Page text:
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World Humanitarian Day: For the Greater Public Good

August 22nd, 2019
topics:Humans
by:Ndubuaku Kanayo
located in:Syria, Afghanistan, Yemen, Nigeria
tags:Crisis, humanitarian, Intervention, UN, WHD

Every nineteenth day of August is set aside by the United Nations as World Humanitarian Day. This celebration commemorates aid workers who have risked their lives in humanitarian service by rallying support for people affected by crises all around the world.

Humanitarian intervention, which is aimed at saving lives, alleviating suffering and maintaining the sacred human dignity of all is at the crux of this celebration.

This year's edition focuses on honouring the women humanitarian workers who have long been at the forefront of crisis intervention in their various communities. From war-torn zones like Syria, Afghanistan and Yemen, down to areas ravaged by hunger and disease outbreaks in the Sahel, women in these communities have stood up to the challenge, acting as first responders to the darkest hours of crisis.

The poor security situation coupled with the dangerous working conditions in many countries of the world today is making work more difficult for relief organisations, and humanitarian workers who want to render help to people in need.

The need for assistance seems to be increasing worldwide. Even over twenty years after General Assembly resolution 46/182 laid out a policy framework for the coordination of emergency humanitarian assistance of the United Nations, humanitarian needs continue to skyrocket as a result of new escalating conflicts, the increasing frequency and intensity of natural disasters and disease outbreaks also has increased the necessity for humanitarian assistance. Also the people providing these assistance oftentimes become victims of what they are trying to fight.

According to Martin Luther King Jr., leader of the African-American Civil Rights Movement, "Yes, it is love that will save our world and our civilisation, love even for enemies.”

All over the world today, women make up a large number of those who risk their own lives to save others, thereby strengthening the global humanitarian response. When natural disasters happen or conflict occurs, lives change instantly, most times for the worse, lives are lost, families and communities are displaced, infrastructures destroyed and development is stunted.

Just as crises are not gender-neutral, humanitarian action which includes response, disaster risk reduction and preparedness for risk prevention and mitigation cannot be either.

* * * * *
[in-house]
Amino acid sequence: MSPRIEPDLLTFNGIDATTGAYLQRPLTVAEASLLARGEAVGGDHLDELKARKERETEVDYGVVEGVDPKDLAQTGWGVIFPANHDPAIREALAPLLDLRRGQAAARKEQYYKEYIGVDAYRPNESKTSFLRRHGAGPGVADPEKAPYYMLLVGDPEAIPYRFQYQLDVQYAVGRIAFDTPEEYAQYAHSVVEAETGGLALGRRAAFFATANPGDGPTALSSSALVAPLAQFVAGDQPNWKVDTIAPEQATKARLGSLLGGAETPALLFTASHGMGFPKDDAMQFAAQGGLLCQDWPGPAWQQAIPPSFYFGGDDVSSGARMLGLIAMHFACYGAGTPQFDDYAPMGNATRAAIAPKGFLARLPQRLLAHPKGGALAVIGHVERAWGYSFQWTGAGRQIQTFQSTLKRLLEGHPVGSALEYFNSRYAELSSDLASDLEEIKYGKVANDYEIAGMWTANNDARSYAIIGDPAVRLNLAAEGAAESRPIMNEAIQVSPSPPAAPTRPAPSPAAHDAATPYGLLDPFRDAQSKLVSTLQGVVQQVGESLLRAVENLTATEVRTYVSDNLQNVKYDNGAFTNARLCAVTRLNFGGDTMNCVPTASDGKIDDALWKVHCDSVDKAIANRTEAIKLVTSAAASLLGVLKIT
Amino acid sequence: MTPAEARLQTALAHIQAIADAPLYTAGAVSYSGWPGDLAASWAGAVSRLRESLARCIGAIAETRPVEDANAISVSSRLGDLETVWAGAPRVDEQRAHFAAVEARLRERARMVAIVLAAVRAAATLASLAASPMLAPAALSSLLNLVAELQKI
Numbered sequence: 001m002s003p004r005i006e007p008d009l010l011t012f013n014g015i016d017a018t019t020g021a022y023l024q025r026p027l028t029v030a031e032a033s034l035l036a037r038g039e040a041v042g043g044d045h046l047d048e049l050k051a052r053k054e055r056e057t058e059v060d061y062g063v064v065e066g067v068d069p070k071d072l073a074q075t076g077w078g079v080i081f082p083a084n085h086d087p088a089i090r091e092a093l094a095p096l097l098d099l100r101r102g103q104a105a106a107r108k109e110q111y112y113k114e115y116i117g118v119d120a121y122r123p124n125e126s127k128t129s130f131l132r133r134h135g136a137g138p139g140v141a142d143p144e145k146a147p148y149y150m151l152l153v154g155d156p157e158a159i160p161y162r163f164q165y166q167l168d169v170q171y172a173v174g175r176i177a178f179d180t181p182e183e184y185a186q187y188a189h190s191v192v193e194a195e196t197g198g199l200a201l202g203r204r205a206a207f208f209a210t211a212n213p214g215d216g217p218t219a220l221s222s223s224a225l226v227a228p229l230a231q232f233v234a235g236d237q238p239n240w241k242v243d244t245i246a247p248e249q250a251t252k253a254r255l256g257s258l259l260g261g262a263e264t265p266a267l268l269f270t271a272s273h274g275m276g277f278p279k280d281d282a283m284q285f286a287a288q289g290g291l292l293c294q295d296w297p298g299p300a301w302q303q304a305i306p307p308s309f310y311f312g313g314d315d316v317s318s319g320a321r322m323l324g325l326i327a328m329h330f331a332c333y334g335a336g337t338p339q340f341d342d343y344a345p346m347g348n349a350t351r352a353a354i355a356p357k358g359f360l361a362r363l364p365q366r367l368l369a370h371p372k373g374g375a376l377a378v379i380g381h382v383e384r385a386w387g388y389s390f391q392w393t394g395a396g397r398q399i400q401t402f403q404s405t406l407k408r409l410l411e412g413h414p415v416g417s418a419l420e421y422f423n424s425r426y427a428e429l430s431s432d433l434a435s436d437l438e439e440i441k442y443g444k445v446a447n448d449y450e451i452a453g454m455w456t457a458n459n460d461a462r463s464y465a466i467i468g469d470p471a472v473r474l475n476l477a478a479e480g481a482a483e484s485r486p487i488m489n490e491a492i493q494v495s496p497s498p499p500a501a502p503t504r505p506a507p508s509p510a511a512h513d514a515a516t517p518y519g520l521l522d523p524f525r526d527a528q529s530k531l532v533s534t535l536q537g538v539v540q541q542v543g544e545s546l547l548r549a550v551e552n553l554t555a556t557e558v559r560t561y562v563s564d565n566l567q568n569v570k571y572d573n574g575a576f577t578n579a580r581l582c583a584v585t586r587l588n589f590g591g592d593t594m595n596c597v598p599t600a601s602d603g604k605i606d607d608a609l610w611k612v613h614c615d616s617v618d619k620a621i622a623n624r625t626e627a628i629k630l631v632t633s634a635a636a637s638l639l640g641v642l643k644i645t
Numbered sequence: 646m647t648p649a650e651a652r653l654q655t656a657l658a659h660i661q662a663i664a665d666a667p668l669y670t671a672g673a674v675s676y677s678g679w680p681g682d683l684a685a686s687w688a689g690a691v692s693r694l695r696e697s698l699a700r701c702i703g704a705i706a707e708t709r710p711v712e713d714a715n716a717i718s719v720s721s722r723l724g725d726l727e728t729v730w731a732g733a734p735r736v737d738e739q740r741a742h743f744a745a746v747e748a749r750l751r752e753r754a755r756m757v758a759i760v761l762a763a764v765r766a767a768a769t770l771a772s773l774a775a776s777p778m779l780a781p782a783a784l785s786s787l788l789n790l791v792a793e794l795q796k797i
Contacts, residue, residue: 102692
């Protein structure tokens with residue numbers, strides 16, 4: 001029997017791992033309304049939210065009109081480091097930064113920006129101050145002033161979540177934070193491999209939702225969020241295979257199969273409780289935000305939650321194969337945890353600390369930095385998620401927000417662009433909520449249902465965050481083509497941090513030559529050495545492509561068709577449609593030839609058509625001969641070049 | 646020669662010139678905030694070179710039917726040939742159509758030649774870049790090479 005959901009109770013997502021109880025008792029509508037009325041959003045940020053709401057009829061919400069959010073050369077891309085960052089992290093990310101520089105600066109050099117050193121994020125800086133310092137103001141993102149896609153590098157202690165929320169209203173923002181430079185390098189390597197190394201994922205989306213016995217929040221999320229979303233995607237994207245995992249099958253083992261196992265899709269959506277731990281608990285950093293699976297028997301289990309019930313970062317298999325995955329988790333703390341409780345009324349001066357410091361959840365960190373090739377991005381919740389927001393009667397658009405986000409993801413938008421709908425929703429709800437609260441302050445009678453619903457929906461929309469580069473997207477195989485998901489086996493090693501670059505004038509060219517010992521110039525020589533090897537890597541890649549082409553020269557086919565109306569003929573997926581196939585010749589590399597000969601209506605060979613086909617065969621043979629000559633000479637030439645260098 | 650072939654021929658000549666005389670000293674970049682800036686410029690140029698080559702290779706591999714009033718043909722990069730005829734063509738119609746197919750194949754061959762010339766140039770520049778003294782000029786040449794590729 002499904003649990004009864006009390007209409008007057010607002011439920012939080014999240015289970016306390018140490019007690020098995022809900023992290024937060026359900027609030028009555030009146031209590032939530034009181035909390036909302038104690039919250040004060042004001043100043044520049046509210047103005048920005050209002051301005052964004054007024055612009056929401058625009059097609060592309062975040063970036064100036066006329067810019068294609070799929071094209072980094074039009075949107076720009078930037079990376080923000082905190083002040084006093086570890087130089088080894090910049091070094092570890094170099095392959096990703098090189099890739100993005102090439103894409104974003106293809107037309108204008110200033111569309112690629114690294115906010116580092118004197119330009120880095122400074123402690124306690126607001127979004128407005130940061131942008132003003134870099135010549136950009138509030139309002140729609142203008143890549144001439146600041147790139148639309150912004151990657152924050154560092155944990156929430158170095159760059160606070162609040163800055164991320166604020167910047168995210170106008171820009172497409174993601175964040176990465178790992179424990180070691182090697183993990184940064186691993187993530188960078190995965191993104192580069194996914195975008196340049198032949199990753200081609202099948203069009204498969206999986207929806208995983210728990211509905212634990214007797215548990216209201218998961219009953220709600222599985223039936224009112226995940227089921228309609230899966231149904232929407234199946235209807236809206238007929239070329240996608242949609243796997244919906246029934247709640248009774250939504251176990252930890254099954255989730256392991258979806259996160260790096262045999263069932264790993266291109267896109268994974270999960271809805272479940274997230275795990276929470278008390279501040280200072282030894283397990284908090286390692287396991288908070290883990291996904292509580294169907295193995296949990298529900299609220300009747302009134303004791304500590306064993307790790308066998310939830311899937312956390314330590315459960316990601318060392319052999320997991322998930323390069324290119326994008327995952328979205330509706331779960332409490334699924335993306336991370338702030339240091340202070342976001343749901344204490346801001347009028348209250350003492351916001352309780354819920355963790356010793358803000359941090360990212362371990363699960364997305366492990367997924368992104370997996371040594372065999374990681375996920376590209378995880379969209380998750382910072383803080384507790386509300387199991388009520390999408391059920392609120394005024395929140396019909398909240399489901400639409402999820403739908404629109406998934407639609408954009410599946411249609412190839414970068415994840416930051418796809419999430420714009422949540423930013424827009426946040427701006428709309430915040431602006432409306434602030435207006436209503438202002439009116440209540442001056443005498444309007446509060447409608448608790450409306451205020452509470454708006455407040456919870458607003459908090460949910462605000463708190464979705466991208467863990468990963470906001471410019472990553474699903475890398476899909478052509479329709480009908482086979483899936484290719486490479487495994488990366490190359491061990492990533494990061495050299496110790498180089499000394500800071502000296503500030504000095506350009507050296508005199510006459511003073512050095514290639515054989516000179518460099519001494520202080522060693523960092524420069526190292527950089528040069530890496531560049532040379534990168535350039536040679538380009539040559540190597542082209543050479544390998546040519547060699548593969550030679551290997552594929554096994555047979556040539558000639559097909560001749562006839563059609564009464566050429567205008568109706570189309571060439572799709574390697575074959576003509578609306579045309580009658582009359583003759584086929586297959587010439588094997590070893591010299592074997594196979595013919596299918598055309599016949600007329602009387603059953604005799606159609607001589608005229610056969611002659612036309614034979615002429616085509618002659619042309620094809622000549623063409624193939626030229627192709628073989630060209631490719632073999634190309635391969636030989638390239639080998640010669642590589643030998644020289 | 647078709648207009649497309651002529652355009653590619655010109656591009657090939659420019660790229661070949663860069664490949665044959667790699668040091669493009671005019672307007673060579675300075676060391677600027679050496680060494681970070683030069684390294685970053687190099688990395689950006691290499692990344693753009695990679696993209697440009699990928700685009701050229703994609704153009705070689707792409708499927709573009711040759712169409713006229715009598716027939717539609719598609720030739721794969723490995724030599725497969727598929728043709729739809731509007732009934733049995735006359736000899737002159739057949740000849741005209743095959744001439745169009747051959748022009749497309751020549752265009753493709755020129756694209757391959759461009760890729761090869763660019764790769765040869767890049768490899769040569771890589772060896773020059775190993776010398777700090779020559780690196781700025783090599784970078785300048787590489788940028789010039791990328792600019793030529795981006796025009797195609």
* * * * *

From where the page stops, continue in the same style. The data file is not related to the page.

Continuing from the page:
As stated in the United Nations Women Humanitarian Strategy, "The aim of UN Women’s engagement in humanitarian action is to ensure consistency and sustainability in addressing gender equality concerns across the humanitarian-development continuum as well as to improve awareness and commitment, enhance capacity and strengthen partnerships with national entities, civil society, regional institutions and the international humanitarian system".

"For the Greater Public Good"

On July 20th 2014, Patrick Sawyer, Nigeria’s first Ebola patient left quarantine in Liberia and flew into Lagos, Nigeria, to attend a meeting of the Economic Community of West African States (ECOWAS).

On landing at the airport in Lagos Nigeria, he collapsed and was immediately rushed to the First Consultants Medical Centre (FCMC), a private hospital where Dr. Ameyo Adadevoh, a Nigerian physician worked.

Getting to the hospital, Mr Sawyer was diagnosed of Malaria at first. During her ward round the following day, Dr. Adadevoh - despite the initial malaria diagnosis - suspected Ebola and immediately contacted the Lagos State and Federal Ministries of Health and got him tested for Ebola.

While waiting for the test results, pressure began to pile up from the patient's home country, who wanted Mr. Sawyer discharged so he could attend the conference he came for in Nigeria.

Dr. Adadevoh blantantly refused, even as threats to sue her for keeping a patient against his wish emanated from different quarters. She relentlessly continued to resist the pressure and said “for the greater public good” she would not release him.

Her heroic efforts prevented a major outbreak of the epedemic in the most populous black country, as it triggered proactive government action to contain the spread of what have been tagged by the World Health Organization (WHO) as a "public health emergency of international concern"

Dr Adadevoh later contracted the Ebola Virus Disease, on 4th August 2014, it was confirmed that she had tested positive for the deadly virus, she was quarantined and while receiving treatment, she passed away 19 August 2014 in Lagos, Nigeria.

Article written by:
Ndubuaku Kanayo
Ndubuaku Kanayo
Author
Humanitarian intervention, which is aimed at saving lives, alleviating suffering and maintaining the sacred human dignity of all is at the crux of this celebration.
The poor security situation coupled with the dangerous working conditions in many countries of the world today is making work more difficult for relief organisations.
The need for assistance seems to be increasing worldwide.
ssudan Check out the volunteer programs offered by CCC.
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